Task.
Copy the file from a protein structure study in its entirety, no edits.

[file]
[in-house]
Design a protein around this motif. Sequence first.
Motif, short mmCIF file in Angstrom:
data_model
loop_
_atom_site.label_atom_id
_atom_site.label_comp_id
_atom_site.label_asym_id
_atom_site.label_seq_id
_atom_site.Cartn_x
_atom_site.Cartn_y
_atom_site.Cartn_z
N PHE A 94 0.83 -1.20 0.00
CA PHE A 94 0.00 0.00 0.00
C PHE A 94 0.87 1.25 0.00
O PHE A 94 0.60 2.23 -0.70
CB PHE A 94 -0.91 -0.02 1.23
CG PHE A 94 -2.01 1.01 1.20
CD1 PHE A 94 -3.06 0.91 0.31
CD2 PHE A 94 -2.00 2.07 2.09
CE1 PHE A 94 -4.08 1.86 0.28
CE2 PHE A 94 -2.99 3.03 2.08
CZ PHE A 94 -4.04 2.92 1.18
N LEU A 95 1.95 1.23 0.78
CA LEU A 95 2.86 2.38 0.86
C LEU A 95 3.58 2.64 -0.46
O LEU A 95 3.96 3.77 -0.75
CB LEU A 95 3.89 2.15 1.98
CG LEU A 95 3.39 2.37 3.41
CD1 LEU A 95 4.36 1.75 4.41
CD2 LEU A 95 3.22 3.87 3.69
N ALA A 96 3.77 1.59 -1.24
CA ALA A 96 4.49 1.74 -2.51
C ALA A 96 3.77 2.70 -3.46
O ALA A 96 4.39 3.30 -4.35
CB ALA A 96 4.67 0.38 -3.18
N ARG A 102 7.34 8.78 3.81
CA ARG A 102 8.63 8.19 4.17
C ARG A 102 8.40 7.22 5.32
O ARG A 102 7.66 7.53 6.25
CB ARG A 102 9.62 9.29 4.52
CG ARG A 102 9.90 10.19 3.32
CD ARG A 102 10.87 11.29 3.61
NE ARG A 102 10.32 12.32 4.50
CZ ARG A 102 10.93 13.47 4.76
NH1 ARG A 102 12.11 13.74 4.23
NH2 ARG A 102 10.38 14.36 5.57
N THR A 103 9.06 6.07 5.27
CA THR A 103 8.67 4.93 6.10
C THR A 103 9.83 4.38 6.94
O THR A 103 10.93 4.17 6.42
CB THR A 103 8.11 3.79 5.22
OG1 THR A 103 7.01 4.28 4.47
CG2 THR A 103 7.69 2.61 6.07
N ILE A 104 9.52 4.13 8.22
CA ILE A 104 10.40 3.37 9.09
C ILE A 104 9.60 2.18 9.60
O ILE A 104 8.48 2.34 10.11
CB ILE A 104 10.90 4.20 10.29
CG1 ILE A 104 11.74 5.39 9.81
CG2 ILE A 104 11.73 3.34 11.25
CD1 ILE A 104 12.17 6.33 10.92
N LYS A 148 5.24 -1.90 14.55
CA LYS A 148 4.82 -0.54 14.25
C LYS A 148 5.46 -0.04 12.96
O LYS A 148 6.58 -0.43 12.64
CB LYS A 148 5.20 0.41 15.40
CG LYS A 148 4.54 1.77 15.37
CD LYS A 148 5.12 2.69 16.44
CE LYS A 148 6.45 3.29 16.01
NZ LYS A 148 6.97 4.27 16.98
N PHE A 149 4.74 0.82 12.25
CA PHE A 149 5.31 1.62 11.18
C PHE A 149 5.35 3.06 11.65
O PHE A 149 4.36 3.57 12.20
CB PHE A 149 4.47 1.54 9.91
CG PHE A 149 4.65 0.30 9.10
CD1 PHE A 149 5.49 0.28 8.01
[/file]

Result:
[in-house]
Design a protein around this motif. Sequence first.
Motif, short mmCIF file in Angstrom:
data_model
loop_
_atom_site.label_atom_id
_atom_site.label_comp_id
_atom_site.label_asym_id
_atom_site.label_seq_id
_atom_site.Cartn_x
_atom_site.Cartn_y
_atom_site.Cartn_z
N PHE A 94 0.83 -1.20 0.00
CA PHE A 94 0.00 0.00 0.00
C PHE A 94 0.87 1.25 0.00
O PHE A 94 0.60 2.23 -0.70
CB PHE A 94 -0.91 -0.02 1.23
CG PHE A 94 -2.01 1.01 1.20
CD1 PHE A 94 -3.06 0.91 0.31
CD2 PHE A 94 -2.00 2.07 2.09
CE1 PHE A 94 -4.08 1.86 0.28
CE2 PHE A 94 -2.99 3.03 2.08
CZ PHE A 94 -4.04 2.92 1.18
N LEU A 95 1.95 1.23 0.78
CA LEU A 95 2.86 2.38 0.86
C LEU A 95 3.58 2.64 -0.46
O LEU A 95 3.96 3.77 -0.75
CB LEU A 95 3.89 2.15 1.98
CG LEU A 95 3.39 2.37 3.41
CD1 LEU A 95 4.36 1.75 4.41
CD2 LEU A 95 3.22 3.87 3.69
N ALA A 96 3.77 1.59 -1.24
CA ALA A 96 4.49 1.74 -2.51
C ALA A 96 3.77 2.70 -3.46
O ALA A 96 4.39 3.30 -4.35
CB ALA A 96 4.67 0.38 -3.18
N ARG A 102 7.34 8.78 3.81
CA ARG A 102 8.63 8.19 4.17
C ARG A 102 8.40 7.22 5.32
O ARG A 102 7.66 7.53 6.25
CB ARG A 102 9.62 9.29 4.52
CG ARG A 102 9.90 10.19 3.32
CD ARG A 102 10.87 11.29 3.61
NE ARG A 102 10.32 12.32 4.50
CZ ARG A 102 10.93 13.47 4.76
NH1 ARG A 102 12.11 13.74 4.23
NH2 ARG A 102 10.38 14.36 5.57
N THR A 103 9.06 6.07 5.27
CA THR A 103 8.67 4.93 6.10
C THR A 103 9.83 4.38 6.94
O THR A 103 10.93 4.17 6.42
CB THR A 103 8.11 3.79 5.22
OG1 THR A 103 7.01 4.28 4.47
CG2 THR A 103 7.69 2.61 6.07
N ILE A 104 9.52 4.13 8.22
CA ILE A 104 10.40 3.37 9.09
C ILE A 104 9.60 2.18 9.60
O ILE A 104 8.48 2.34 10.11
CB ILE A 104 10.90 4.20 10.29
CG1 ILE A 104 11.74 5.39 9.81
CG2 ILE A 104 11.73 3.34 11.25
CD1 ILE A 104 12.17 6.33 10.92
N LYS A 148 5.24 -1.90 14.55
CA LYS A 148 4.82 -0.54 14.25
C LYS A 148 5.46 -0.04 12.96
O LYS A 148 6.58 -0.43 12.64
CB LYS A 148 5.20 0.41 15.40
CG LYS A 148 4.54 1.77 15.37
CD LYS A 148 5.12 2.69 16.44
CE LYS A 148 6.45 3.29 16.01
NZ LYS A 148 6.97 4.27 16.98
N PHE A 149 4.74 0.82 12.25
CA PHE A 149 5.31 1.62 11.18
C PHE A 149 5.35 3.06 11.65
O PHE A 149 4.36 3.57 12.20
CB PHE A 149 4.47 1.54 9.91
CG PHE A 149 4.65 0.30 9.10
CD1 PHE A 149 5.49 0.28 8.01